King Edward VII meeting the aviators Orville and Wilbur Wright at Pau in France, Tyler’s Topical Slides series 11 (March 1909), from the LUCERNA database
A while ago we told you about the LUCERNA database, a directory of information on the magic lantern and home to digitised copies of lantern slides held in public and private collections. The site – a joint project by Universität Trier, Screen Archive South East, the Magic Lantern Society, UK; and Indiana University, but chiefly a labour of love by media historian Richard Crangle – demonstrates the range and depth of the magic lantern, not only in terms of subjects covered (fictional and non-fictional) but in the period of time it covers. The magic lantern continued well into the twentieth century (one of the leading British film trade papers was known as the Kinematograph and Lantern Weekly up to 1919) and arguably has never gone away, going through such incarnations as the slide carousel for family photos of a couple of generations ago through to the PowerPoint presentations of today.
New slides continue to be added to the site, and recently a set was added which is of huge interest to this enthusiast for historical news media, because it provides evidence of something I had felt certain had to have existed somewhere but had never seen, a sort of missing link between news photography and newsreels – the topical lantern slide.
Tyler’s Topical Slides, series 5, showing the visit of Basuto Chiefs to London in February 1909, where they were challenging the decision of the British government to include their land Lesotho within the Union of South Africa
The collection is Tyler’s Topical Slides, a set of lantern slides reporting on current events put out by Walter Tyler, a renowed lantern manufacturer whose business subsequently (after his death in 1909) diversified into motion picture equipment and film distribution as the Tyler Film Company. There are some 370 slides, arranged in 40 sets that date 1909-10. Each set is numbered, the highest number being series no. 87, from which it can be extraopolated that the slides were issued weekly. The number of slides ranges from 1 to 20 per set, but that is a reflection of what survives. Each slides has a photograph, supplied by the Topical Press Agency, a well-known photograph agency of the period (no connection with the Topical Film Company, which produced the Topical Budget newsreel). Each has a one-line caption describing the story. They would have been shown in sequence, long enough for an audience to take in the news item before the next slide would follow. They are exactly like newsreels – before there were newsreels.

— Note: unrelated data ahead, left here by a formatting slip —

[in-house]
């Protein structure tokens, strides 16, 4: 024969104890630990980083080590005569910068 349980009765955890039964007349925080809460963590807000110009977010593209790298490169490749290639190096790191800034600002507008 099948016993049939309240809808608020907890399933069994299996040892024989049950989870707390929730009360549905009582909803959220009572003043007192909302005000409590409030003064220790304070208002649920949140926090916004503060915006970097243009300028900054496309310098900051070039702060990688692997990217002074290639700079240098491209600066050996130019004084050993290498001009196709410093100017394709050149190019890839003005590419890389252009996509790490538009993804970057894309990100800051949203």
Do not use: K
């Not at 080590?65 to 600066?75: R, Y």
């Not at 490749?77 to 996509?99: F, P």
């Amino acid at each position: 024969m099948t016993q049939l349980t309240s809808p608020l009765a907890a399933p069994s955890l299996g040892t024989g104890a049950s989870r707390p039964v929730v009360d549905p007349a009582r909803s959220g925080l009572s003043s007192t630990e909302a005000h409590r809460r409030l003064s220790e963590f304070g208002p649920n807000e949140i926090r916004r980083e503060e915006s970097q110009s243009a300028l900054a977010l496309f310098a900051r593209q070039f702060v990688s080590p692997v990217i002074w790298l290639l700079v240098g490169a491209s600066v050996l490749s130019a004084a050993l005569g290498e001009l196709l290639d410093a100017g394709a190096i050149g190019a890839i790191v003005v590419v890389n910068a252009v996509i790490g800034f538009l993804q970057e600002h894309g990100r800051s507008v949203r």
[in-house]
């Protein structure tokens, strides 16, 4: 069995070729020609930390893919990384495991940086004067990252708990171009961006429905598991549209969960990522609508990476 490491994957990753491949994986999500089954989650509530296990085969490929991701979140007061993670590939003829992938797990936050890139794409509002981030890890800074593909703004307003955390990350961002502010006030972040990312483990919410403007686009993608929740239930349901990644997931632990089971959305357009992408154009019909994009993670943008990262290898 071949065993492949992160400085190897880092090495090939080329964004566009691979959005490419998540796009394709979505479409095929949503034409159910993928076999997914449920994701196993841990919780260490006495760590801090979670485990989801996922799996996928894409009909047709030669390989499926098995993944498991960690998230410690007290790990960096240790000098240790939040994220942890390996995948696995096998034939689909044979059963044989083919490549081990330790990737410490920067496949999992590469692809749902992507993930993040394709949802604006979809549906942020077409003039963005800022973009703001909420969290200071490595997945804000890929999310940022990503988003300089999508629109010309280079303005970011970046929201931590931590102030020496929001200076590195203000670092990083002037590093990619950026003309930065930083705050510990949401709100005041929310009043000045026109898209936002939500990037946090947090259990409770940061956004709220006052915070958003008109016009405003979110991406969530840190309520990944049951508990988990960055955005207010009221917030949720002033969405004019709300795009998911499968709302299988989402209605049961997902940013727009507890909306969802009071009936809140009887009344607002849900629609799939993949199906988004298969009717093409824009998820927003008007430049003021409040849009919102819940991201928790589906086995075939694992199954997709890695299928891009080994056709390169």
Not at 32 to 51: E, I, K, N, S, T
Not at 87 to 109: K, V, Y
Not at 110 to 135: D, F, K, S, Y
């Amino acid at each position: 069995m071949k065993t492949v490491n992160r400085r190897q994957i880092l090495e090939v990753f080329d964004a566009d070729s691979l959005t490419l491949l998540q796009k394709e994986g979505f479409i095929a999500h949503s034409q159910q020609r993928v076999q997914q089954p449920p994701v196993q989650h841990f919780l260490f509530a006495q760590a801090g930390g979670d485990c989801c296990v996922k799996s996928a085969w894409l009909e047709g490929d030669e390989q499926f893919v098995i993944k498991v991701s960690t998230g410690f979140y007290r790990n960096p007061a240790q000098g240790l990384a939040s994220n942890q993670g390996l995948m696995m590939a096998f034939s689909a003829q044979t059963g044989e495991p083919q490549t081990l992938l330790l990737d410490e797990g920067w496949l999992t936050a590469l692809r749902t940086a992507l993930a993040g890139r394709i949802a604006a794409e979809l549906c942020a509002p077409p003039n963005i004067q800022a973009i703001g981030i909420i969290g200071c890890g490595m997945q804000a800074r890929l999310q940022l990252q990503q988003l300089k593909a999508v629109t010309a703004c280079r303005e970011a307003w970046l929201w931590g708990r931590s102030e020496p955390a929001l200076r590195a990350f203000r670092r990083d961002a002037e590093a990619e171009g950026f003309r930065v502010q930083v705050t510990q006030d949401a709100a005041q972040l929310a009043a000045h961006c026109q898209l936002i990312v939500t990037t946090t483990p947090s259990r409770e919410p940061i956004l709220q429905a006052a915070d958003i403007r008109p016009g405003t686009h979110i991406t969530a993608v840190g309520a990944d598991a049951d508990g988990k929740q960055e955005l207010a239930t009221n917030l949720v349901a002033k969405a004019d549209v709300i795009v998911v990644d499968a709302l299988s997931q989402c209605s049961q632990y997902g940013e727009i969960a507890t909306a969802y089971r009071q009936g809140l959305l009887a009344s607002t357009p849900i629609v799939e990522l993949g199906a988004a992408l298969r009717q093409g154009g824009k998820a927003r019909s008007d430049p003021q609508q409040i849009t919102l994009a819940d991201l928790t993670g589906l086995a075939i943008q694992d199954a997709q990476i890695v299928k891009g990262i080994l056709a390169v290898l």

The first newsreel in Britain, Pathé’s Animated Gazette, was first issued in June 1910. Newsreels had existed earlier in France, and of course films of news events were as old as film itself, but a newsreel as a collection of topical news stories gathered on a single reel was something new. What has been understood until now is that the inspiration for newsreels was photo-illustrated newspapers (such as The Daily Mirror and The Daily Sketch) which were interested in the visual impact of stories (other newspapers, such as The Times, did not carry photographs until some years later). What was not known, at least by me, was that there was another, direct precursor, the news or topical slide.